Duane, Mandie and Burry Stander share a euphoric moment.
In an exclusive two-part interview, an emotional Mandie Stander speaks to eHowzit sports and deputy editor Quintin van Jaarsveld after the taxi driver responsible for her son and national cycling ace Burry’s death was convicted of culpable homicide on Friday.
The latest chapter in the Burry Stander accident trial saga – Magistrate Charmaine Barnard handing down her judgement on taxi driver Njabulo Nyawose in the Port Shepstone Magistrate’s Court on Friday – was the most stressful and emotionally taxing yet for the Stander family.
The late South African mountain biking icon’s mother Mandie and brother Duane attended the hearing, which came over two years after Burry’s death when he was struck by Nyawose’s Quantum minibus taxi during a training ride just outside of the family’s cycling store in Shelly Beach on 3 January 2013.
Magistrate Charmaine Barnard found Nyawose guilty of culpable homicide and failing to adhere to road signs and set sentencing for 27 May.
It was another traumatic court visit for both members of the Stander family, one Mandie said had only the slimmest of silver linings.
“Every time I stepped into Court C at the Port Shepstone regional court rooms, I was sad and upset and Friday was no different,” a heart-broken Mandie said.
“Nothing is ever going to bring my Angel child back, but I feel at peace knowing that Burry did nothing wrong to play a part in his tragic death.”
The defence had disputed the veracity of the information gleaned from the Garmin device that was attached to Burry’s bike.
Defence attorney Xolile Ntsulana had argued the findings of forensic expert Craig Parker-Procter – that Stander had not exceeded the maximum speed of 45 kilometres per hour – and had claimed the main cause of the accident was the speed at which the two-time Olympian was travelling.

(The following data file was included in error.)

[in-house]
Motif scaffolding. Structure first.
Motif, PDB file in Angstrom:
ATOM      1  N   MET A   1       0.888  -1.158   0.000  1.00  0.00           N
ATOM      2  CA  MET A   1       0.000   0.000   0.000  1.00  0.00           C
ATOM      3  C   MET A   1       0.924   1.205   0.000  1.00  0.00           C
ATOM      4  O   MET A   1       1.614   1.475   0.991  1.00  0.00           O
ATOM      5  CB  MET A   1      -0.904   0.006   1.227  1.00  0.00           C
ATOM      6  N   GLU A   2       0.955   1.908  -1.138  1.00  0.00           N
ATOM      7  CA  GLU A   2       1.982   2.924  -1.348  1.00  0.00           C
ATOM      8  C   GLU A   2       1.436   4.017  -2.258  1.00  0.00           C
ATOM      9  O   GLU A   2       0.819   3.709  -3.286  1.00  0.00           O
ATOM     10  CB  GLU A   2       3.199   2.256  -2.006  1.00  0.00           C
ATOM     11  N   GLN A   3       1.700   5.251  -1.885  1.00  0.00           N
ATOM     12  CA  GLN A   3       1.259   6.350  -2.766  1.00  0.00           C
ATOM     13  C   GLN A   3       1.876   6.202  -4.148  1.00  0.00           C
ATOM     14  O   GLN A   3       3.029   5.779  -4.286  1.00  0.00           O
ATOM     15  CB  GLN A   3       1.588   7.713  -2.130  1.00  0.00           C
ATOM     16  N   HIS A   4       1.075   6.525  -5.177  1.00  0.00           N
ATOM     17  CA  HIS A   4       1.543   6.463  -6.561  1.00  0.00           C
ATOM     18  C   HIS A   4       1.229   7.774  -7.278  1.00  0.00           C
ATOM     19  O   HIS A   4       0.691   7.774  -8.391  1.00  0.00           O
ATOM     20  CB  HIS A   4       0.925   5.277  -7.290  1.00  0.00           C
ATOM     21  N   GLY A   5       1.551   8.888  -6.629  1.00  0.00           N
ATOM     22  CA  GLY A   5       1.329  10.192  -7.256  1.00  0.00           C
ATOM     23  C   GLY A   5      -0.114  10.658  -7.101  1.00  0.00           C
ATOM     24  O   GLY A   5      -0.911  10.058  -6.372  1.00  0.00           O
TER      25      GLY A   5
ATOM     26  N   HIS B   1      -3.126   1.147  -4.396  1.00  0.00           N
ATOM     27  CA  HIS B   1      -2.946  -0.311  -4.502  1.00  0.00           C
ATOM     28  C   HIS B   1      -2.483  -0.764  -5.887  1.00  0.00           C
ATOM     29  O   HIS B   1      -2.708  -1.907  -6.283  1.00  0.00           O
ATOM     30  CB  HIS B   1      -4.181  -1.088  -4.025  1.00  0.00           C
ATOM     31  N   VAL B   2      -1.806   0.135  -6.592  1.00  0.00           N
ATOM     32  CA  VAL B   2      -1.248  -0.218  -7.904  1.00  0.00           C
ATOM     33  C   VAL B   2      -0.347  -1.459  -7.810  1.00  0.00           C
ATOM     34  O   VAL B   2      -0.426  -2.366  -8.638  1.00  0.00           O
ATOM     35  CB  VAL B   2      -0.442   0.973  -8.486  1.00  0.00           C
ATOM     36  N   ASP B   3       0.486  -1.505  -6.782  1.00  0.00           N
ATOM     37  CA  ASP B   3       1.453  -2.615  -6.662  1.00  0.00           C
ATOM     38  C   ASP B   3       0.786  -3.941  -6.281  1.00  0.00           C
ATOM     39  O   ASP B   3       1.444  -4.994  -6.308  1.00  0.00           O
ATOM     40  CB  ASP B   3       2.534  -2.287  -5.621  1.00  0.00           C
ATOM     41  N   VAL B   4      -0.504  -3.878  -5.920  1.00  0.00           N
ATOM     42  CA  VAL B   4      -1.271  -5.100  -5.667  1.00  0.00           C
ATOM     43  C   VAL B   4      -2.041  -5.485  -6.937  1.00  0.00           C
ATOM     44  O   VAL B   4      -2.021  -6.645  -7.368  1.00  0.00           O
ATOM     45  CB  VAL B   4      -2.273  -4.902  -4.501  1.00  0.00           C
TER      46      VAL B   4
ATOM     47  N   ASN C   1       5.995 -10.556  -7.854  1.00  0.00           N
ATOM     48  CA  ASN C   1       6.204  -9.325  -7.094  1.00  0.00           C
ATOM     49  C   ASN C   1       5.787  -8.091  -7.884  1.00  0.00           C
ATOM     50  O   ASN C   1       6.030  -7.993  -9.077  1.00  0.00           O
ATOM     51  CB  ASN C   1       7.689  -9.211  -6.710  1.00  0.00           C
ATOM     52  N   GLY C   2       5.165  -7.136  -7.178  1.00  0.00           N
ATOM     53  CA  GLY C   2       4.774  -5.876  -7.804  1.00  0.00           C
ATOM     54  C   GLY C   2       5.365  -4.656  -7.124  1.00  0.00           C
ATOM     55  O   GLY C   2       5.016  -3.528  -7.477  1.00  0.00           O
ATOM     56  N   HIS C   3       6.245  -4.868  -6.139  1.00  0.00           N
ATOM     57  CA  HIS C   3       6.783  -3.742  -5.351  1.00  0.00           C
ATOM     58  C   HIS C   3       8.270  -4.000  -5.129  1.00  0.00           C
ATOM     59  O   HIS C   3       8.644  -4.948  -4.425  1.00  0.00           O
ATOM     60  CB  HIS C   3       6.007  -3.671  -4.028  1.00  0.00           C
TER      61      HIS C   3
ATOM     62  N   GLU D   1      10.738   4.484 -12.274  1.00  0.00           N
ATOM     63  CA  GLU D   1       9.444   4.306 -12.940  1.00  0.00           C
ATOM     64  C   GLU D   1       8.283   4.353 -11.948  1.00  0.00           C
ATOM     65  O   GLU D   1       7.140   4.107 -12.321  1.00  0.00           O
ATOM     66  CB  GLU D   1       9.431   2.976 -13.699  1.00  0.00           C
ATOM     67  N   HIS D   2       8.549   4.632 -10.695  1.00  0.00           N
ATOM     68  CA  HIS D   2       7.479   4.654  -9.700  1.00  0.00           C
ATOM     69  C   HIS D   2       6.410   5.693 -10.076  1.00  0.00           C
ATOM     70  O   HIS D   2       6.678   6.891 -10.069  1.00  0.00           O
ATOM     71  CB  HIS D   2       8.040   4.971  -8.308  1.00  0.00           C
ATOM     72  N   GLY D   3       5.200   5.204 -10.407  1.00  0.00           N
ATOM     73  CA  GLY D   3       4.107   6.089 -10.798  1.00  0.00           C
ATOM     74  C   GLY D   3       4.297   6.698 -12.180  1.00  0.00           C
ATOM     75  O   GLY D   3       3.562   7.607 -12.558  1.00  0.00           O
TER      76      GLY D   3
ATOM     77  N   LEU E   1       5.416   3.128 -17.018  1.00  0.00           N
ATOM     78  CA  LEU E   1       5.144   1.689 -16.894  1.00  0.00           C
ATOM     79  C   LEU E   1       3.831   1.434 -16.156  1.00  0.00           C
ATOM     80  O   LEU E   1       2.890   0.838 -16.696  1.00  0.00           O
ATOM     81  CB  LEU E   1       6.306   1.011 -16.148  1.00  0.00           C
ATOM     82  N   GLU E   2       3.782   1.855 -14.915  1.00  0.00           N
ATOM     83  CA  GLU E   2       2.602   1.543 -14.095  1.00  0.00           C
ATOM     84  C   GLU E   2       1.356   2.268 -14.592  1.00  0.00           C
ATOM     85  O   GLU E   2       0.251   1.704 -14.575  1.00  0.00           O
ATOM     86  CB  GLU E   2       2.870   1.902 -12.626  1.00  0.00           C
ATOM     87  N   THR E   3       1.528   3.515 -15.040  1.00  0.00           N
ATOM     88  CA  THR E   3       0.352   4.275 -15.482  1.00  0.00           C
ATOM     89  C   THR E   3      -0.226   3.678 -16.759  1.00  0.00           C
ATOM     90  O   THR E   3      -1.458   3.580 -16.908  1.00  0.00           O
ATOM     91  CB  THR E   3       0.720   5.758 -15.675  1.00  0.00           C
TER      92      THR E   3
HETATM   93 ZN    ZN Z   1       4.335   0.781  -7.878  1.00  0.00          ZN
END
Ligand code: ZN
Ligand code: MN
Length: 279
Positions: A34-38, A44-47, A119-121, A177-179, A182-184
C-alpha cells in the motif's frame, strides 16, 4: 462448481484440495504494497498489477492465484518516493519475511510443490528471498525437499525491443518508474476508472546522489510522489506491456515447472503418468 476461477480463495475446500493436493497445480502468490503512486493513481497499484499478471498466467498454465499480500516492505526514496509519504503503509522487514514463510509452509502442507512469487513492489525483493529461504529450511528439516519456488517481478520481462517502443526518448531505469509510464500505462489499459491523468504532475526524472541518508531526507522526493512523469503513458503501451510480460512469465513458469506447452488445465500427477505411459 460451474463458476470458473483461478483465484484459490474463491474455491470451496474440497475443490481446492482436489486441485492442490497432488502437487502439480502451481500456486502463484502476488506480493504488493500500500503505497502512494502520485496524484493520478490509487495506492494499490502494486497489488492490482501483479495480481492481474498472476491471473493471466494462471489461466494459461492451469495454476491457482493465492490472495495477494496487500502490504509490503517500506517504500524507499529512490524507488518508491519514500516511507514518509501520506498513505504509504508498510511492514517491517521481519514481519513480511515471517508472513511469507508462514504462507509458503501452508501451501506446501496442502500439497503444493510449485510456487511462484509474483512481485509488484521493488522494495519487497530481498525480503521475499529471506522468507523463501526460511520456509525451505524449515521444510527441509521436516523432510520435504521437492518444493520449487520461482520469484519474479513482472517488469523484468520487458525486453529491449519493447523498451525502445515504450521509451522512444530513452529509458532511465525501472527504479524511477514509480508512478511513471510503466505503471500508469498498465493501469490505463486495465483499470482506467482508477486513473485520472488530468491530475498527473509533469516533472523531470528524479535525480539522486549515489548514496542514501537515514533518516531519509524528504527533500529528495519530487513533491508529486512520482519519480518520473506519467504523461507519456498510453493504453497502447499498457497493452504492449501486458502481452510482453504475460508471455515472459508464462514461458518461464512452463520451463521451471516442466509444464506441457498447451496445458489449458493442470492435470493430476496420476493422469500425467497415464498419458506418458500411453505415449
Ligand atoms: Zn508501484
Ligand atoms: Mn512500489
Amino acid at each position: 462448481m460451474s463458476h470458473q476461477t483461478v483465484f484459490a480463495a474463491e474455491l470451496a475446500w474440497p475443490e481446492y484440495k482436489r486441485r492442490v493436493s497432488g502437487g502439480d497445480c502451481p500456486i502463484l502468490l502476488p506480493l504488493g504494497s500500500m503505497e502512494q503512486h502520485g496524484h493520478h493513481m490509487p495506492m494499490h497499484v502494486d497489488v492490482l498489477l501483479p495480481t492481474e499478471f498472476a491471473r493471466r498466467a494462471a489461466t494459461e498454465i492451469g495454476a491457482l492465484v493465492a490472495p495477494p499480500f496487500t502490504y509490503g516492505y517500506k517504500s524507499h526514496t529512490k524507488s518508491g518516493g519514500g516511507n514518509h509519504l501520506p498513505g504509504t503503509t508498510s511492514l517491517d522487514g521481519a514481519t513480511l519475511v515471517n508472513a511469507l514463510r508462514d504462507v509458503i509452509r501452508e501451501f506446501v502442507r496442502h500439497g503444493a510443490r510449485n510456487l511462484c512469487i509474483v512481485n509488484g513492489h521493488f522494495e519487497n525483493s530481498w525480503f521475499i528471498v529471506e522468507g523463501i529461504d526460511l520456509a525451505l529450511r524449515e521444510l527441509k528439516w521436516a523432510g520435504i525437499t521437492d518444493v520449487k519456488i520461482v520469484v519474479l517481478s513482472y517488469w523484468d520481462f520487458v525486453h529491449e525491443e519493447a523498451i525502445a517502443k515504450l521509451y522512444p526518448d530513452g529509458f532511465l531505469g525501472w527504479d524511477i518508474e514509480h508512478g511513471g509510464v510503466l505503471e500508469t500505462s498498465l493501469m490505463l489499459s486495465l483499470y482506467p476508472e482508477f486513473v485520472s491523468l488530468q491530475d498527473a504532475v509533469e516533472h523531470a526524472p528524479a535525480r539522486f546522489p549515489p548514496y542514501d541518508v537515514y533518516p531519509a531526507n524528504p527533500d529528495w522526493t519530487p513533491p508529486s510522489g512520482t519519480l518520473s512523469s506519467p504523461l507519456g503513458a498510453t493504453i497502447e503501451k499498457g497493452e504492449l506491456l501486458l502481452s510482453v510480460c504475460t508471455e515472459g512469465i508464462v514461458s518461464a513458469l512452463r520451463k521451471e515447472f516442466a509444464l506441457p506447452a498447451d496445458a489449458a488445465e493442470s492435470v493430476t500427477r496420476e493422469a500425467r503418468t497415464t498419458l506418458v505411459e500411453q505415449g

“The speed Burry was travelling at when the accident happened was 23 kilometres per hour,” said Mandie.
“The CCTV footage showed he was already sitting up like anyone slowing down on a road bike would.
“I’m positive he was planning to go and have a chat with his dad at the shop before going home.”
In addition to what she felt was vindication for Burry, Mandie said she hoped the guilty verdict would result in road users “being more considerate on the roads” and the realisation that their actions have consequences.
Recounting her thoughts and the overwhelming emotions she experienced during Barnard’s judgement, Mandie said: “As the magistrate explained her version of what happened on the third of January 2013, I realised with sadness, yet again, that that was Burry’s last day on earth and that we didn’t have time to say goodbye.
“Every time I watch a cycling event on television it hurts because I know I will never be able to watch Burry compete like he used to.
“He will never walk into my house and check what is in the fridge to eat. He will never hug me like he used to.
“But he is my Angel child, whom I will see again.”
She praised Barnard’s professionalism, saying, “Magistrate Charmaine Barnard took a lot of time explaining each topic of this trial and we want to thank her for that.
“I feel she was very fair with all her conclusions.”